“Yes, Nathaniel, I suppose you’re right about that,” agreed Wicker, rising to his feet as Ames did, “and, I must admit, it has been a most enlightened evening of conversation.”


Each man stood where he had risen, Ames grabbing his tin of coffee that had been sitting on the ground by his side before rotating his hips a bit to loosen the kinks that had set into his back while he sat propped up against the tree.  Wicker stood tall and erect, looking as he always did, comfortable and relaxed, despite the time spent perched on top of the field stool.


“As for what the remainder of this day will bring, you need not worry about resolution and judgment, my friend,” suggested the lieutenant.  “If there is a fear of death, it is only because we are afraid of what may lie beyond.  One is afraid of the unknown and, trust me, I know you can conceive of a future life.”


Ames stopped in mid swivel of his hips and slowly glanced across the feeble campfire at Wicker as that familiar, eerie, prickly feeling raised goose bumps all over his body.  Yes, it was a bit cool this evening but the bumps were not a result of the temperature.


Ames’ eyes narrowed, again, as they always did when he focused on an objective or thought.  What was it about this man?  Much of what he’d say, at times, seemed to dwell with a double meaning or was Ames just reading too much into what was being said?


Wicker stood, partially illuminated by the dying, nearly flameless fire, an expressionless look on his face as though he were waiting for Ames’ next comment.  Suddenly, for some inexplicable reason, Ames was struck by an earlier thought he’d had but never asked.  It now needed an answer.


“There is a question I’ve never asked Robert, but I am rather curious about the answer.  Whatever happened to the previous company commander?”


“Captain J.J. Hatcher?  He was struck down and killed the final day of battle during the Suffolk Campaign.  A truly unfortunate…and untimely…loss for our men.”


“How did he die?”


“From an artillery round.”


“When?” pressed Ames through tight lips, already sensing that he knew the answer.


“Why late morning of 3 May, if I recall correctly.”


Ames knew that Wicker always did seem to recall correctly.  A knot snapped on a smoldering branch at their feet and a tentacle of flame momentarily reached into the air.  Ames could not help but note the red highlights of Wicker’s hair and beard.  There was more, also.  Was that a red glow in his eyes?  Or just a reflection from the flames.  The continued expressionless look on his friend’s face was of no assistance.  As quickly as the campfire flame flared, it died and along with it, any further desire on Ames’ part to talk.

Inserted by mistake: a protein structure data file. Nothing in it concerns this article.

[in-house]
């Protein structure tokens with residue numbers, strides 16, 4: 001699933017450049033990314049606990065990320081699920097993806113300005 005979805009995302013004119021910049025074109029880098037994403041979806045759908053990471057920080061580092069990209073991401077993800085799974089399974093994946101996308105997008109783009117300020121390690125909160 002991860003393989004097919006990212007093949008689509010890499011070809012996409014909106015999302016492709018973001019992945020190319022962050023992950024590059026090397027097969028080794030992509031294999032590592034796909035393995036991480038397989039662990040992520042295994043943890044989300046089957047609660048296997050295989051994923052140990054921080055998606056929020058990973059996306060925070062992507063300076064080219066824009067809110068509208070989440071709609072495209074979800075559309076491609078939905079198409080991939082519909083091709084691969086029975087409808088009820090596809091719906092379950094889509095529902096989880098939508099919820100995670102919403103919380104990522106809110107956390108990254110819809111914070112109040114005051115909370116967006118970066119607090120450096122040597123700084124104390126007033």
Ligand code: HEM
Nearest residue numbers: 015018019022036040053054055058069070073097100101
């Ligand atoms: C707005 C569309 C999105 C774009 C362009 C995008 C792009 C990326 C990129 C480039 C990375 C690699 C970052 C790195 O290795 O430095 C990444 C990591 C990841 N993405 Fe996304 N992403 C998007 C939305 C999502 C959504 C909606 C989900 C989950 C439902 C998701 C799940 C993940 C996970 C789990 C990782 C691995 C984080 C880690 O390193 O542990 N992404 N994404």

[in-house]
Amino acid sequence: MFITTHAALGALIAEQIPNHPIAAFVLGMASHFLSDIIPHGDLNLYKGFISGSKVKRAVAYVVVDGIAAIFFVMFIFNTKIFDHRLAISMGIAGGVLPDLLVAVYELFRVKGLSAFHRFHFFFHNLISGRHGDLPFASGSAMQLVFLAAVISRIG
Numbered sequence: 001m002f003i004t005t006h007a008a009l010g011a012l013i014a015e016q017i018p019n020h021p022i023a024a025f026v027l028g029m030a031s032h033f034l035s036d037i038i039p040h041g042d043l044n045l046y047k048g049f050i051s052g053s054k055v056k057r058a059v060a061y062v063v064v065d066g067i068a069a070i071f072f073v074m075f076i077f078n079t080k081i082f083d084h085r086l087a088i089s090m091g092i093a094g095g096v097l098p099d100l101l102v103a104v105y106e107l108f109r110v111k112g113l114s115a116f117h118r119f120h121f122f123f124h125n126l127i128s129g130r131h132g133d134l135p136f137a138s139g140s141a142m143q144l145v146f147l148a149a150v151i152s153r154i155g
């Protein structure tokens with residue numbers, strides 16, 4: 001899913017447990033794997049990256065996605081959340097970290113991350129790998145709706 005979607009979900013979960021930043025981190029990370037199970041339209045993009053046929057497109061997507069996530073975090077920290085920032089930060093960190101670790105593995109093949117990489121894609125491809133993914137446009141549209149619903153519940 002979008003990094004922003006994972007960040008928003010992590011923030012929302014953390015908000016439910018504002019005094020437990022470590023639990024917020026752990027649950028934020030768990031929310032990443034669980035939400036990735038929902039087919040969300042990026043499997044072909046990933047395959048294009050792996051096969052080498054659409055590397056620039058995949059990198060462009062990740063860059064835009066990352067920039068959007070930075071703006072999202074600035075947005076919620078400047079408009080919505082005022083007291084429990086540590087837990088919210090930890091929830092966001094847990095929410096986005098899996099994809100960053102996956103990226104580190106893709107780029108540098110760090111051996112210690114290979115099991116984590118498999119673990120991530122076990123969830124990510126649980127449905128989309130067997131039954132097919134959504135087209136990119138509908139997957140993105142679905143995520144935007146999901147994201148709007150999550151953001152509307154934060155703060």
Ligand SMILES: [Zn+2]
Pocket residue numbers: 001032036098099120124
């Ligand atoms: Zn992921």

Numb, the captain raised the cup in his hand to his lips to find its contents cold and nearly empty.  He stared into the mug, unable to make out the dark coffee grounds swirling about in the remaining half inch of liquid…but, knowing without seeing them that they were there.  If he could see them, though, would he have been able to seek his future in their arrangement in a manner similar to a mystic’s fortune telling reading of tea leaves?  Devoid of any feeling or much thought, he flicked his wrist, tossing aside the remaining blackened water.


“Goodnight, Robert,” and, without further word, Ames made his way over to his bedroll, placing his cup beside him as he stretched out.


By now, the only sounds were those of men breathing and snoring heavily, shifting about uncomfortably on the hard ground.  Flames long gone, there were the light crackles of dying embers.  Even nature’s symphony, the animals, babbling brooks, wind through trees were absent, as if spent from the discord of the past day’s events and in preparation for the new dawn soon to rise.


Ames, though, was oblivious to all this.  He had asked a question and he was now trying to figure out how to live with the answer for the previous company commander, the officer he had been selected, supposedly by random, to replace had been killed the same day and time that he had appeared in this era, and the same day and time he’d departed from the other.  Preordained?  Destiny?